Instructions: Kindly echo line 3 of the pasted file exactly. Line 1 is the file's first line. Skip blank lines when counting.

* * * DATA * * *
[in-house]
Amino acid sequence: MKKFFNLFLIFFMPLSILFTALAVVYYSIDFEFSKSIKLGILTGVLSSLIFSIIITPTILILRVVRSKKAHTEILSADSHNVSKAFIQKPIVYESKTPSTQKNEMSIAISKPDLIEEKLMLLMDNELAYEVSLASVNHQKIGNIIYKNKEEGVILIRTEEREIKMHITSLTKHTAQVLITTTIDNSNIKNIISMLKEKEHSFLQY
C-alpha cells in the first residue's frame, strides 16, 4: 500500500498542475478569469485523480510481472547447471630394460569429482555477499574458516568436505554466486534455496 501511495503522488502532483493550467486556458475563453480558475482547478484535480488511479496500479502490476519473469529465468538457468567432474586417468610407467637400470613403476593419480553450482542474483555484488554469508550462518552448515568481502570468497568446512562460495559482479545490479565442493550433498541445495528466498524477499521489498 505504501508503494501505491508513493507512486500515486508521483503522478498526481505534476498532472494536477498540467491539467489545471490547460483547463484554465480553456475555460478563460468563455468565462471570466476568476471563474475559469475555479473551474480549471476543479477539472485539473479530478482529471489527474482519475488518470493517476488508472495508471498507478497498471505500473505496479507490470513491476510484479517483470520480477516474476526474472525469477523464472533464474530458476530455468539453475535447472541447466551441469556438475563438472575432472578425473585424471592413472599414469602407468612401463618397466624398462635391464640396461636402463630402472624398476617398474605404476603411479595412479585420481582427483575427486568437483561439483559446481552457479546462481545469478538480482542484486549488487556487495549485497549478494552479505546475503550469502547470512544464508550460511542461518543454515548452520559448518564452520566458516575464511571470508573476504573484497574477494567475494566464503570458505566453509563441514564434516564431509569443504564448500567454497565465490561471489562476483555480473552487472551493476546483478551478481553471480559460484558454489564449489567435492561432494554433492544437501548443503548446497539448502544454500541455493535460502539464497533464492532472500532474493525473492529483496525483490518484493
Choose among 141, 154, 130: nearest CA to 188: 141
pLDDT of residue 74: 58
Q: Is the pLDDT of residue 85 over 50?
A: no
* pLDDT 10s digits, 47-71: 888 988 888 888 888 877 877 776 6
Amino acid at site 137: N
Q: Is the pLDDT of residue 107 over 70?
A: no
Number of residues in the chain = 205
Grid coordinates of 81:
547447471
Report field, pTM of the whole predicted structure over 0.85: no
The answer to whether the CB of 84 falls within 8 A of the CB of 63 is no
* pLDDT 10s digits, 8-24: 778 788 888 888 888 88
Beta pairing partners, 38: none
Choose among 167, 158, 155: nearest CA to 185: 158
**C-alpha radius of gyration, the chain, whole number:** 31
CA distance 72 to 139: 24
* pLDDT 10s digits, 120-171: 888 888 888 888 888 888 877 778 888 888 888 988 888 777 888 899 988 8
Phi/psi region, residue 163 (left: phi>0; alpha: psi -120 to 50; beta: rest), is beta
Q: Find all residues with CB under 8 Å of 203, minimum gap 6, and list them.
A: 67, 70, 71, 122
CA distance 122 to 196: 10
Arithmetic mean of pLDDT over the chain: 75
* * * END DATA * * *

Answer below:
C-alpha cells in the first residue's frame, strides 16, 4: 500500500498542475478569469485523480510481472547447471630394460569429482555477499574458516568436505554466486534455496 501511495503522488502532483493550467486556458475563453480558475482547478484535480488511479496500479502490476519473469529465468538457468567432474586417468610407467637400470613403476593419480553450482542474483555484488554469508550462518552448515568481502570468497568446512562460495559482479545490479565442493550433498541445495528466498524477499521489498 505504501508503494501505491508513493507512486500515486508521483503522478498526481505534476498532472494536477498540467491539467489545471490547460483547463484554465480553456475555460478563460468563455468565462471570466476568476471563474475559469475555479473551474480549471476543479477539472485539473479530478482529471489527474482519475488518470493517476488508472495508471498507478497498471505500473505496479507490470513491476510484479517483470520480477516474476526474472525469477523464472533464474530458476530455468539453475535447472541447466551441469556438475563438472575432472578425473585424471592413472599414469602407468612401463618397466624398462635391464640396461636402463630402472624398476617398474605404476603411479595412479585420481582427483575427486568437483561439483559446481552457479546462481545469478538480482542484486549488487556487495549485497549478494552479505546475503550469502547470512544464508550460511542461518543454515548452520559448518564452520566458516575464511571470508573476504573484497574477494567475494566464503570458505566453509563441514564434516564431509569443504564448500567454497565465490561471489562476483555480473552487472551493476546483478551478481553471480559460484558454489564449489567435492561432494554433492544437501548443503548446497539448502544454500541455493535460502539464497533464492532472500532474493525473492529483496525483490518484493